But what are affectiones? Earlier in SCG, in discussing God's knowledge of human thoughts and volitions, Aquinas draws a relevant distinction: 'thought (cogitatio) belongs to the soul in virtue of the soul's taking in some sort of form, while an affectio is a kind of inclination (inclinatio) of the soul toward something; for we call even the very inclination of a natural thing natural appetite' (68.572). 9
9 Given Aquinas's theory of natural appetite (discussed briefly in Ch. Seven), I suppose that by 'even the very inclination of a natural thing (et ipsam inclinationem rei naturalis)' here he could be taken as bringing the notion of inclination down to the most primitive, literally interpreted kind of case—e.g. understanding that a stick's inclining against a wall exhibits the stick's natural appetite for a lower location. Cf. ST Iallae.26.1c: '[T]he very naturalness of a heavy body for the centre of the earth (ad locum medium) is a consequence of weight (gravitatem) and can be called natural love'; also 26.2c: 'And weight itself, which is the source of [a body's] movement toward the location that is natural [for it] on account of [its] weight, can, in a certain sense, be called natural love.'
Inclinations, then, occur in appetite at every level—natural, sensory, and intellective—and those associated with souls are called affectiones, either sensory or intellective. Still, 'inclination', end p.230
Kretzmann, Norman , (deceased) formerly Susan Linn Sage Professor Emeritus of Philosophy, Cornell University, New York
The Metaphysics of Theism
Print ISBN 9780199246533, 2001 pp. -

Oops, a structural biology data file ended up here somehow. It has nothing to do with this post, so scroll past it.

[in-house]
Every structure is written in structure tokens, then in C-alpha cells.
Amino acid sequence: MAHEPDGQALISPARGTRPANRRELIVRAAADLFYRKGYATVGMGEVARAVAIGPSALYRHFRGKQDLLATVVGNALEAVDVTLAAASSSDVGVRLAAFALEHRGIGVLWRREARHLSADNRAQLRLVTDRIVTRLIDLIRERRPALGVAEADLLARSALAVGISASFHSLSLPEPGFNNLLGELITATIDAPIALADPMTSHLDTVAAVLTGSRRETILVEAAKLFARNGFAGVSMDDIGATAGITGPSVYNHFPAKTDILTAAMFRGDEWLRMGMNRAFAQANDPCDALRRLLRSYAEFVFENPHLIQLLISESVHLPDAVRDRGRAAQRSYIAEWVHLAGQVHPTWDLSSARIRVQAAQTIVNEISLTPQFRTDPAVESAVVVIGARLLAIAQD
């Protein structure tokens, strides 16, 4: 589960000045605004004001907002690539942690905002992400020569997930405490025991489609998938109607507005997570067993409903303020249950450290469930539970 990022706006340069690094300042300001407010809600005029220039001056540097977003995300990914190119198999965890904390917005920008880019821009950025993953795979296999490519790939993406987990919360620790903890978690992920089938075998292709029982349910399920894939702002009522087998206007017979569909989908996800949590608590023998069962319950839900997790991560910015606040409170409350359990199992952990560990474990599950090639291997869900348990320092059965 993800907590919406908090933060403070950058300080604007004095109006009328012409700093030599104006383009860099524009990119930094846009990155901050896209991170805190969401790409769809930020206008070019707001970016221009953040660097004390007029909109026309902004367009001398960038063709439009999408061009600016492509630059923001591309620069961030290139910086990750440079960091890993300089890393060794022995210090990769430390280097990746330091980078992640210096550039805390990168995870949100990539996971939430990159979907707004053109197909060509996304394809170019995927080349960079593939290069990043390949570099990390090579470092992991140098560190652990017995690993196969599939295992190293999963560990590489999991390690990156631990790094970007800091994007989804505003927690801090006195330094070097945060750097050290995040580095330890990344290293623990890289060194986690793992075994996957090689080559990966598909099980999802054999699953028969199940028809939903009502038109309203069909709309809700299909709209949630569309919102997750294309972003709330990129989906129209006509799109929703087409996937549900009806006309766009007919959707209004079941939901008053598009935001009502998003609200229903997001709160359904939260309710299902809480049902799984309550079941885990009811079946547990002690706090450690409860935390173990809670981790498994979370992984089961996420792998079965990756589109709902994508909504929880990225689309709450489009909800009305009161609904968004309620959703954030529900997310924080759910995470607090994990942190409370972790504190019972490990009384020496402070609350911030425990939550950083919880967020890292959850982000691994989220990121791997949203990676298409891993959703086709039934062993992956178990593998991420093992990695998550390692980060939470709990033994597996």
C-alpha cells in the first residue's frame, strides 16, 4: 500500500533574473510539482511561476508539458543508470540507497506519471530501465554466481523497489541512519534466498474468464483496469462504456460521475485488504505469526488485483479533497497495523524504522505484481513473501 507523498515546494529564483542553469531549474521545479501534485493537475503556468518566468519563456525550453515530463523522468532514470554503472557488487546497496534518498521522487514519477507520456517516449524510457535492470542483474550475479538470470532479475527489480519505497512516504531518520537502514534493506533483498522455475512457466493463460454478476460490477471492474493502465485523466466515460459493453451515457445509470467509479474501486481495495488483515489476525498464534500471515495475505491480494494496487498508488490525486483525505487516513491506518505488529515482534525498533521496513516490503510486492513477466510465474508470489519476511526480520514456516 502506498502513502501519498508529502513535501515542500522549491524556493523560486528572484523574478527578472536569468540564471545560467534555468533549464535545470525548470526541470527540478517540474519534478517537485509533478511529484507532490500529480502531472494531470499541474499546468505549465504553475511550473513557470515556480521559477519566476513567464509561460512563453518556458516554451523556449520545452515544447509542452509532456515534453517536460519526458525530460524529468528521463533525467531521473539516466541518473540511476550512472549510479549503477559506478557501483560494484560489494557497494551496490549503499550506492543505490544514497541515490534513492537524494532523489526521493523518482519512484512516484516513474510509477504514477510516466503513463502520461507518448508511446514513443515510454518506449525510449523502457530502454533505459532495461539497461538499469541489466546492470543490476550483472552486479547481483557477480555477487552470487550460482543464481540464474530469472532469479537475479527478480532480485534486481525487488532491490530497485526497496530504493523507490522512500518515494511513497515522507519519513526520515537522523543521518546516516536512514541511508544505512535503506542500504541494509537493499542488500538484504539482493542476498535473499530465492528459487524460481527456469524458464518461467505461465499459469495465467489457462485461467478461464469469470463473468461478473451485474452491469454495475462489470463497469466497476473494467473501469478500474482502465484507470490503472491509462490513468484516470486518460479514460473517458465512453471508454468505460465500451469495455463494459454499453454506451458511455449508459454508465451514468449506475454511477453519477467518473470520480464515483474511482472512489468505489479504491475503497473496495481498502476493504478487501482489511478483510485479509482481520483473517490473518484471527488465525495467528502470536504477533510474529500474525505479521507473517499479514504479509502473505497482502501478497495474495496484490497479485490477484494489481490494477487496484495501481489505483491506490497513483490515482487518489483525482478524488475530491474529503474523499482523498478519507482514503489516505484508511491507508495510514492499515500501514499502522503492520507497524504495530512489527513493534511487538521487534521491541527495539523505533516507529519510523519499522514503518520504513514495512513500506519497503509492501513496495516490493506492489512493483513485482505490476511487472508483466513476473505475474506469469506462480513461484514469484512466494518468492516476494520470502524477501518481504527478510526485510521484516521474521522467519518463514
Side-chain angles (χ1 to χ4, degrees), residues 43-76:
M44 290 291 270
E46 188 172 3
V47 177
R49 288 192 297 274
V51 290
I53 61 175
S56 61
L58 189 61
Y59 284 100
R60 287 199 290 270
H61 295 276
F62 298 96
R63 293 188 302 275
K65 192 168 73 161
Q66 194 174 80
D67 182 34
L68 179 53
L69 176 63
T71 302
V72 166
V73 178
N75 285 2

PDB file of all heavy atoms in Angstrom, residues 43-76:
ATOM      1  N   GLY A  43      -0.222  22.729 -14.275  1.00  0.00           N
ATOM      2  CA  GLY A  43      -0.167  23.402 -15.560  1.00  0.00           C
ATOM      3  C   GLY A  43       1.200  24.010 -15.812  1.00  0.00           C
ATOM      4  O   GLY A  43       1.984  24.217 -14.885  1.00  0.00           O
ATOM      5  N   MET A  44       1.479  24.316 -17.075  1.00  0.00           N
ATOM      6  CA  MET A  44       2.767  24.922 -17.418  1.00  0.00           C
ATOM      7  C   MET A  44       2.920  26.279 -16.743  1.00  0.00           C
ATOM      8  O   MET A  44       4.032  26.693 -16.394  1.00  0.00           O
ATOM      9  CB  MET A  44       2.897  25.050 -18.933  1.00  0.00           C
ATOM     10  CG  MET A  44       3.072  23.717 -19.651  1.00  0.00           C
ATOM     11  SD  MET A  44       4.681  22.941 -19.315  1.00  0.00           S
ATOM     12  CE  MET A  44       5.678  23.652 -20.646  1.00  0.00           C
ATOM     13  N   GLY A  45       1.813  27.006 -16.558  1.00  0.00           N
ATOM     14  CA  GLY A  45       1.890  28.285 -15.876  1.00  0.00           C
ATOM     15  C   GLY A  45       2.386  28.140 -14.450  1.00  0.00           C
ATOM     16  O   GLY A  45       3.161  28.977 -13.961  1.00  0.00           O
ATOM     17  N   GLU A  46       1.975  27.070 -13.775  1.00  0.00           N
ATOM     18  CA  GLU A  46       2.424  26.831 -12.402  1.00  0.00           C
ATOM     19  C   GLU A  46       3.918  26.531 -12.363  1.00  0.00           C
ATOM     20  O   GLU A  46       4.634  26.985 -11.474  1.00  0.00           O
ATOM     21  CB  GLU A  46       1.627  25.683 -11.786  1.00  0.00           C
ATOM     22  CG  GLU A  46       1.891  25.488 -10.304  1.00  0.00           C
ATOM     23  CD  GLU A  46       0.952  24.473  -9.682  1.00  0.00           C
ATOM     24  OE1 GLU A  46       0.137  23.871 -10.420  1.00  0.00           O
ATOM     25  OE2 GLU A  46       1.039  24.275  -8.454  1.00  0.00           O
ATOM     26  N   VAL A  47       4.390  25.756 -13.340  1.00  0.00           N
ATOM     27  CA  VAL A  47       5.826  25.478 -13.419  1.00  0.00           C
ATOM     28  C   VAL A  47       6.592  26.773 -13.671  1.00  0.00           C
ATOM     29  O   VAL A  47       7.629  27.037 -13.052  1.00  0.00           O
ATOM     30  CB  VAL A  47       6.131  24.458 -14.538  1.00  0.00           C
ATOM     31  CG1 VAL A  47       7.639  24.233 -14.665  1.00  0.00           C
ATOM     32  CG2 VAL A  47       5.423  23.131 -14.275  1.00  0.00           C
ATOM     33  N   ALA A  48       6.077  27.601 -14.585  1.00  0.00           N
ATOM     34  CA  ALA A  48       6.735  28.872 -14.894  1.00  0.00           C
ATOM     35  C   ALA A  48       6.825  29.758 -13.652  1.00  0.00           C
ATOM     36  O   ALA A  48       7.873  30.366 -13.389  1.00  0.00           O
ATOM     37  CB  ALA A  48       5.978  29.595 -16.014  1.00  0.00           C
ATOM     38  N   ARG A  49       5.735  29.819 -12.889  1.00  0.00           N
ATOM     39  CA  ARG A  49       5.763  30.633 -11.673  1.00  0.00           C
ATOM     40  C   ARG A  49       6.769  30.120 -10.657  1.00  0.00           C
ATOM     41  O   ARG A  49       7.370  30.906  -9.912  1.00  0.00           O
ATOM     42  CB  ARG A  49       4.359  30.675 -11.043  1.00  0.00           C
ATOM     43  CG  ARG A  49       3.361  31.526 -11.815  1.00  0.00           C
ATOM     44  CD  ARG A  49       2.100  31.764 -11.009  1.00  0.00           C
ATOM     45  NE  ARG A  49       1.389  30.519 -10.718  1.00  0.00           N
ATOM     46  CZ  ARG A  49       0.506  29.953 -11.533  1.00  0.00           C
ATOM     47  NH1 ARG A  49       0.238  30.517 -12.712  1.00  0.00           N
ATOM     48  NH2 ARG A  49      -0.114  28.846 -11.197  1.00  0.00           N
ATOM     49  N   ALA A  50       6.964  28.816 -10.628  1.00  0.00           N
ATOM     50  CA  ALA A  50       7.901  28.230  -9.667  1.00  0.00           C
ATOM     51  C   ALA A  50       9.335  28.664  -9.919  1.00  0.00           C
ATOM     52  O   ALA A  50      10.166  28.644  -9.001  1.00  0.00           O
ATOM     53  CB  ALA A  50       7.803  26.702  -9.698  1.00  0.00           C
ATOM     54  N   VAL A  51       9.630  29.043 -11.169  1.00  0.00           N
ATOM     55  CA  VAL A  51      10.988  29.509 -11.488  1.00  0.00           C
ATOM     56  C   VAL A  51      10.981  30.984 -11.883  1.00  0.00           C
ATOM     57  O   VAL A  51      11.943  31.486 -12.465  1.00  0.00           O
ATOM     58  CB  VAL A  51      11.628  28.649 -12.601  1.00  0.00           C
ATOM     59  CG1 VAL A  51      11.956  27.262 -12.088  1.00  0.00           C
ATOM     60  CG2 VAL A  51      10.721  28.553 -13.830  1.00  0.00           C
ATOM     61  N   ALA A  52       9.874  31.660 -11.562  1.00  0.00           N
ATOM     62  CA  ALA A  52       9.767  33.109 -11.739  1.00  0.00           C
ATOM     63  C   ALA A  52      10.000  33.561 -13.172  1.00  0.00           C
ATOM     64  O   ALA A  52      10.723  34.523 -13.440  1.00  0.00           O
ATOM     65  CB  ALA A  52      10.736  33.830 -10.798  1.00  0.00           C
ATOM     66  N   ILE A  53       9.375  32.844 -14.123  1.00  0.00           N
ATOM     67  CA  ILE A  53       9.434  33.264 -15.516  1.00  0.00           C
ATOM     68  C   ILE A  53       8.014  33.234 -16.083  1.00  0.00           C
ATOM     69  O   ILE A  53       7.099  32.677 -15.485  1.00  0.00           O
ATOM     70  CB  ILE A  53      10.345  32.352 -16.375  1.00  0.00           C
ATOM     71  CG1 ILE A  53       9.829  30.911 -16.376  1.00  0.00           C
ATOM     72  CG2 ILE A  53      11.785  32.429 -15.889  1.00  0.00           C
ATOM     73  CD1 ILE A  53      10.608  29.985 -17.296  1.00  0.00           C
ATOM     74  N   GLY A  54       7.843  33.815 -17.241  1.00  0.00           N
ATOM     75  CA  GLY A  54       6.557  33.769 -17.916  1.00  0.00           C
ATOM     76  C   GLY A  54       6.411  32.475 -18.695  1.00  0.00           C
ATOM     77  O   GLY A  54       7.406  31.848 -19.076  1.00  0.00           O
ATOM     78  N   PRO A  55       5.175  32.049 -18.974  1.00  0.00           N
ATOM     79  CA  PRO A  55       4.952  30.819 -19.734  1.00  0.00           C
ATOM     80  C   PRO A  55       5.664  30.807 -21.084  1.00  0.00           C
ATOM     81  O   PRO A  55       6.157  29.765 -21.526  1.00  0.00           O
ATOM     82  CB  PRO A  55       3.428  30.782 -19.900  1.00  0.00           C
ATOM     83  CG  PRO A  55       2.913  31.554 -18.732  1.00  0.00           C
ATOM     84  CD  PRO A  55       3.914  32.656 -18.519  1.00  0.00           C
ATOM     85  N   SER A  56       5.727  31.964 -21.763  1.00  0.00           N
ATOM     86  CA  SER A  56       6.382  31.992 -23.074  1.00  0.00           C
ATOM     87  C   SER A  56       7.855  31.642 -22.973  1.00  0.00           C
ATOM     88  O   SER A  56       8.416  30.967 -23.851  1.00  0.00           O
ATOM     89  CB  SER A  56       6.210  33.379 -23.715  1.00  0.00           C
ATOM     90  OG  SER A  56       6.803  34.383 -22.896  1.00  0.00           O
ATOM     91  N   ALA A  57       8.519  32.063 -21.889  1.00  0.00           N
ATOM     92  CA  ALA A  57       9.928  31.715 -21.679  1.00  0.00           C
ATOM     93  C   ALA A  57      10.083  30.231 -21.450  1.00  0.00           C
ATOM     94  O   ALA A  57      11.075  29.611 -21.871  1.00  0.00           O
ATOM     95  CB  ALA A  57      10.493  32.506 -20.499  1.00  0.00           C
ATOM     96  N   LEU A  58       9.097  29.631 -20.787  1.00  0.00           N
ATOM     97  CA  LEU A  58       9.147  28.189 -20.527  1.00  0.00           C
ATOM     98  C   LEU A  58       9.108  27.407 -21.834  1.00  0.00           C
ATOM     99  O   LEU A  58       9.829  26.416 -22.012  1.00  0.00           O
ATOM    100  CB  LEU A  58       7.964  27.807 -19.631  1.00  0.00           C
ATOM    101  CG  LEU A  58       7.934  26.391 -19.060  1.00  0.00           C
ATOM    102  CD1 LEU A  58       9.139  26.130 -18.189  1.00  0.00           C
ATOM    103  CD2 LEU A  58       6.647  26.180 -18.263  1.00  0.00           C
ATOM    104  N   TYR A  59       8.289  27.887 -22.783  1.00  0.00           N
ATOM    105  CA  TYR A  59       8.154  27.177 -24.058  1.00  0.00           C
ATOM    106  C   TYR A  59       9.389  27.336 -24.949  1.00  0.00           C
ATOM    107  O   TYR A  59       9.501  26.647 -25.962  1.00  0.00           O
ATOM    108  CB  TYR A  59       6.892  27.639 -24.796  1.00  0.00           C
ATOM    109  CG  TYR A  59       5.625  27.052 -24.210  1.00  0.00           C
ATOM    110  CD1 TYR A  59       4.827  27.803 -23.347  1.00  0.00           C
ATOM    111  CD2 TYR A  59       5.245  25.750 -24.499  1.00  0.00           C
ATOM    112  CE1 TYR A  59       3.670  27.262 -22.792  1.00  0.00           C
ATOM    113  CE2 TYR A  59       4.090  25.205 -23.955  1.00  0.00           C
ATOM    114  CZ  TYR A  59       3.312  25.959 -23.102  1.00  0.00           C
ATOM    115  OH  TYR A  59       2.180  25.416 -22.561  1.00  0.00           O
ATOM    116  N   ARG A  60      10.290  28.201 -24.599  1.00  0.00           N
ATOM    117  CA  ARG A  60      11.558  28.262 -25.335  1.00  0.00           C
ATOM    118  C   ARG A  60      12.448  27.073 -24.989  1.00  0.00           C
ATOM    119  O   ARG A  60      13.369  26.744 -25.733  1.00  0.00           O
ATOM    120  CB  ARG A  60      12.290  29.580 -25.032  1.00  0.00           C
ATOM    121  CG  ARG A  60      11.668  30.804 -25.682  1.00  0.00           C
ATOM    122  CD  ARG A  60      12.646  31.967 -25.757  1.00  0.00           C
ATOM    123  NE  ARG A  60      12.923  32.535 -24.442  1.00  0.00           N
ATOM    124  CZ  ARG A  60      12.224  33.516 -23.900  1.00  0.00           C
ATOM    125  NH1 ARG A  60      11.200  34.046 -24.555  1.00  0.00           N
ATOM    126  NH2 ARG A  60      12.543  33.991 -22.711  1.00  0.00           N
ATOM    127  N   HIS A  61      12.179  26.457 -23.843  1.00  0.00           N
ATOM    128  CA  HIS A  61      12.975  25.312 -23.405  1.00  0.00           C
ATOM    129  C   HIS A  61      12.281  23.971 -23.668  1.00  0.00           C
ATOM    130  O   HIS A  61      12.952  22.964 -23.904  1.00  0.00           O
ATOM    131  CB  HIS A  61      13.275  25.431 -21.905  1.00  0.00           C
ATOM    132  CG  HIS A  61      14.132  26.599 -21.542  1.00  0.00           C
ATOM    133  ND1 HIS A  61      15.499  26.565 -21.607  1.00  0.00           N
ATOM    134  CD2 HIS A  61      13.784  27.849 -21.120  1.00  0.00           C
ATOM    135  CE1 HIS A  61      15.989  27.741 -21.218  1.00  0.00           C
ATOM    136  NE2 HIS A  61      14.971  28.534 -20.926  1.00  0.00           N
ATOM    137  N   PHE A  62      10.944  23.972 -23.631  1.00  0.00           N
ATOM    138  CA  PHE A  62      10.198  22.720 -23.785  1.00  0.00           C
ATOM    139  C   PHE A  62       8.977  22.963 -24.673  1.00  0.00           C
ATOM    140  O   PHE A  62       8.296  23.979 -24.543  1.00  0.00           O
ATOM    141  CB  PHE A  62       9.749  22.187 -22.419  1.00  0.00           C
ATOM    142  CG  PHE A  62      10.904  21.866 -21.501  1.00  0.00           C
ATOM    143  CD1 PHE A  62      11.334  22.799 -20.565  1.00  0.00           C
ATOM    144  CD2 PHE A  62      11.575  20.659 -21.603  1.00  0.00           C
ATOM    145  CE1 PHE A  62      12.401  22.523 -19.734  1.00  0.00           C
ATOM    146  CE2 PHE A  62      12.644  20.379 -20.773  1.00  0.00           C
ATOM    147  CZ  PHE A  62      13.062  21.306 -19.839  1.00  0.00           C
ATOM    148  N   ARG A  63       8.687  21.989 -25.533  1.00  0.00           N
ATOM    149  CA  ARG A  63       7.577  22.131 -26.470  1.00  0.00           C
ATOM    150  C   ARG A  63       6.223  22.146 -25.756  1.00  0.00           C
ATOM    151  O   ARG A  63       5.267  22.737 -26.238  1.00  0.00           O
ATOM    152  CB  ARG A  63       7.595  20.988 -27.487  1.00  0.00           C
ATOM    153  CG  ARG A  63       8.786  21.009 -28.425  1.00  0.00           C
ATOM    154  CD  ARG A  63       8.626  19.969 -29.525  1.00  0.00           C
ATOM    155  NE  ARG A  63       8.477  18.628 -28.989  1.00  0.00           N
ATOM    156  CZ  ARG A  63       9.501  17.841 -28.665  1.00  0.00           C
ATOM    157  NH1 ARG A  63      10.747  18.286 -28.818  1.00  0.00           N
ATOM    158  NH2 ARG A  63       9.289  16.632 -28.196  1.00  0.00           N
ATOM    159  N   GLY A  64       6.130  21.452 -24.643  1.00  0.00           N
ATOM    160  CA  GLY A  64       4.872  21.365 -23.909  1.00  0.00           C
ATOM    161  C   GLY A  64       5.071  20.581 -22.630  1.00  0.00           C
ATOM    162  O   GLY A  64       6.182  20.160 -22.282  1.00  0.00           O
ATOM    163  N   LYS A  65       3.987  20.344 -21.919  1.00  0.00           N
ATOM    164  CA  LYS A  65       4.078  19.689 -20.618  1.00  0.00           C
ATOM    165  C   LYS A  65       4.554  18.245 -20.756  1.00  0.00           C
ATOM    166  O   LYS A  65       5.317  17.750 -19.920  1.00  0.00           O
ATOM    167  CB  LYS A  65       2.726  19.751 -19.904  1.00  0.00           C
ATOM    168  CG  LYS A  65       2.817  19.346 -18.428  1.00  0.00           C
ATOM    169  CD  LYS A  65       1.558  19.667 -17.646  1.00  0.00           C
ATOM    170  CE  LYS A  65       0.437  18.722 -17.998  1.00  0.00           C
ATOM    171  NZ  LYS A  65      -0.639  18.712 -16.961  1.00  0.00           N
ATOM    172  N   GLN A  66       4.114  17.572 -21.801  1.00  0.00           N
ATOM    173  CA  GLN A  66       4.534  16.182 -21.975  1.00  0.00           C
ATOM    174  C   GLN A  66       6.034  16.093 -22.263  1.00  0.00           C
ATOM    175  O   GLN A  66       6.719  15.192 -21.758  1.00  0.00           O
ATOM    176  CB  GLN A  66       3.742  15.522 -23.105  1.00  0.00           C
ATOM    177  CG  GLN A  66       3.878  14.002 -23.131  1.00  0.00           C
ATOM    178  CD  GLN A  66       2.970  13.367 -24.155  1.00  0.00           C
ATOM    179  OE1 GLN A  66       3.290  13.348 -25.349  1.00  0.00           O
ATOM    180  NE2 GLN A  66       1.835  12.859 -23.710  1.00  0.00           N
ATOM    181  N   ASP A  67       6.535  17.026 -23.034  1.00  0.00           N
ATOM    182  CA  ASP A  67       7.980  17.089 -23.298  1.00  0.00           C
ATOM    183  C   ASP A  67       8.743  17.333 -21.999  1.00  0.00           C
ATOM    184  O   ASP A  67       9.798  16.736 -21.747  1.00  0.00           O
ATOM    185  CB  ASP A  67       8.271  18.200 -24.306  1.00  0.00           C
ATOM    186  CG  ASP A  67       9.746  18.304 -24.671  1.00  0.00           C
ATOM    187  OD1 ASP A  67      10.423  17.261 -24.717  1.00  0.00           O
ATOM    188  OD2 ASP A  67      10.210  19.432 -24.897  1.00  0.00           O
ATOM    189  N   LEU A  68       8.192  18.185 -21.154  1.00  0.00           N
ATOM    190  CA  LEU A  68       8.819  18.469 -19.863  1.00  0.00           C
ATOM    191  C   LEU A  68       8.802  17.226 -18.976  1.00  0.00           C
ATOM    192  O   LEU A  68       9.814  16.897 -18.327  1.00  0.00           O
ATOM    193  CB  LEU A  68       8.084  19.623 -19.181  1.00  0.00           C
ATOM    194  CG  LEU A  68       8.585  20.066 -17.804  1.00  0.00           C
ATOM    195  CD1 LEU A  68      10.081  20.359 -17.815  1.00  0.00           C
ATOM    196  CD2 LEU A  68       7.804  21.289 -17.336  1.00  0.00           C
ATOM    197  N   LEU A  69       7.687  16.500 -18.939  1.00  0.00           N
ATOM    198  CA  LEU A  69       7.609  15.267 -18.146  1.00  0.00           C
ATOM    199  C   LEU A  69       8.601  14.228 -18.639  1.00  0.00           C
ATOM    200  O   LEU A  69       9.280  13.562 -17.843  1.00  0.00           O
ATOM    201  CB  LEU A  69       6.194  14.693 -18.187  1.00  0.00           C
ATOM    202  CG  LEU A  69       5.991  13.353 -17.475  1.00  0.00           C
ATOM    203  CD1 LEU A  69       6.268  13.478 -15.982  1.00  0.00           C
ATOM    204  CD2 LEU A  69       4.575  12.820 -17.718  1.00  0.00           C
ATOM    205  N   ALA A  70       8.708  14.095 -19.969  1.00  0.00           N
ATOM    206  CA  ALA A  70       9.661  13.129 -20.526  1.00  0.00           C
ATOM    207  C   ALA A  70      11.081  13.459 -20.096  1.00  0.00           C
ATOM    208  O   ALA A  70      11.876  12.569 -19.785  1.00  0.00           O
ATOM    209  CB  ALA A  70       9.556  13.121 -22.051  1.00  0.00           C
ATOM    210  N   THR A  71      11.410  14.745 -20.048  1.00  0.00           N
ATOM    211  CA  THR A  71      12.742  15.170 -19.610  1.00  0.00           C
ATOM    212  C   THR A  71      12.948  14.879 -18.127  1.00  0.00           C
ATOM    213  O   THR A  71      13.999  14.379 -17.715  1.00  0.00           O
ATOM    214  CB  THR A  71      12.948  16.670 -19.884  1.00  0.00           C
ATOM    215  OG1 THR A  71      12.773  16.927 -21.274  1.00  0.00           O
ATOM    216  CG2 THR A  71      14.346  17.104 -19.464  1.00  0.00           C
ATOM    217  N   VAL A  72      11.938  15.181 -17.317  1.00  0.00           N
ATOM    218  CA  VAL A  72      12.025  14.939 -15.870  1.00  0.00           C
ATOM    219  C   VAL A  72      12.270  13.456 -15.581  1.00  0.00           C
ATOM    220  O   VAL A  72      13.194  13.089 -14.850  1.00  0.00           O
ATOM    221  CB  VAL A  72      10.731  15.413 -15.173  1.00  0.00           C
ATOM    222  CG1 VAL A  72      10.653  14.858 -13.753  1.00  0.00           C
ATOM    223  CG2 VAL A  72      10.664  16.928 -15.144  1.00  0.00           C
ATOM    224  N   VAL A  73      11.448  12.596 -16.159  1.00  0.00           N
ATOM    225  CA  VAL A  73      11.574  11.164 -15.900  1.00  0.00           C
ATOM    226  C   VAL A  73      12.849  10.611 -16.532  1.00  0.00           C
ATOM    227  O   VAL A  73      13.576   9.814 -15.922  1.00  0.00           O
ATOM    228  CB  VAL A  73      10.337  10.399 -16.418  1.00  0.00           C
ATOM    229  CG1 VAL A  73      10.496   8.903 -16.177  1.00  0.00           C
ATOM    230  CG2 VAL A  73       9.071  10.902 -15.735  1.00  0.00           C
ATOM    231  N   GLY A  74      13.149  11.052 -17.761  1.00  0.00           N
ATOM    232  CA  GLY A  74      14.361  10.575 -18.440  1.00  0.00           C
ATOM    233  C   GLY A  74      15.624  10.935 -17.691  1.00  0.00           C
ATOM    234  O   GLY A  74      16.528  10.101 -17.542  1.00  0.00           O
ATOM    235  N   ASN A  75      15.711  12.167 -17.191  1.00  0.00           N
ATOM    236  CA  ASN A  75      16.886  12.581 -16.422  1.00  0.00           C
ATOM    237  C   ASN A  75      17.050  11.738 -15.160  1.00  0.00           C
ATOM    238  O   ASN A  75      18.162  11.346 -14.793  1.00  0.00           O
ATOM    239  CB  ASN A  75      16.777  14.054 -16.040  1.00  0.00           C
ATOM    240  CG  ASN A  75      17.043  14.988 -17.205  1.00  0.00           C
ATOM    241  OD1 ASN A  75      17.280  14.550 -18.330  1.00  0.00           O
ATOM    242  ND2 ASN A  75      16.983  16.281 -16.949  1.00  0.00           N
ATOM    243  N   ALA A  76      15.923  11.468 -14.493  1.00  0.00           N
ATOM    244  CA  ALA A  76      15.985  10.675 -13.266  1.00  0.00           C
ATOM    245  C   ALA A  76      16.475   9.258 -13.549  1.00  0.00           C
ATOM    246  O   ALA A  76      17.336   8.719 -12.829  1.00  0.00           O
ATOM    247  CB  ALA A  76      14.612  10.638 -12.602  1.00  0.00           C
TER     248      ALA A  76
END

more especially 'inclination toward something', is too narrow for affectio where it must apply to fear as well as to hope, to grief as well as to joy. So I propose interpreting affectiones here as attitudes. Positive and negative attitudes are, of course, prominent features of our inner life, and we can readily recognize some of them as features of our lower appetite and others as characterizing our higher appetite—liking liquorice and hating hypocrisy.
The translation of the SCG passage in question can then be completed in this way: 'in God there are no passions associated with attitudes. For there is no passion in connection with an intellective attitude, but only in connection with a sensory one . . . Now there can be no attitude of that latter sort in God. . . . Therefore, . . . there is no attitudinal passion in God.' So, if we find in ourselves intellective attitudes corresponding to some or all of our passions, we have not been shown any general grounds that would prevent us from attributing such attitudes to God. And if there aren't any special grounds of that sort either, as there aren't in the case of joy, then we seem to have a prima-facie case for taking seriously the possibility that there is, for example, joy in God. And if the having of intellective attitudes is simply a corollary of the having of intellect and will, then Aquinas's relational method mandates attributing joy to God.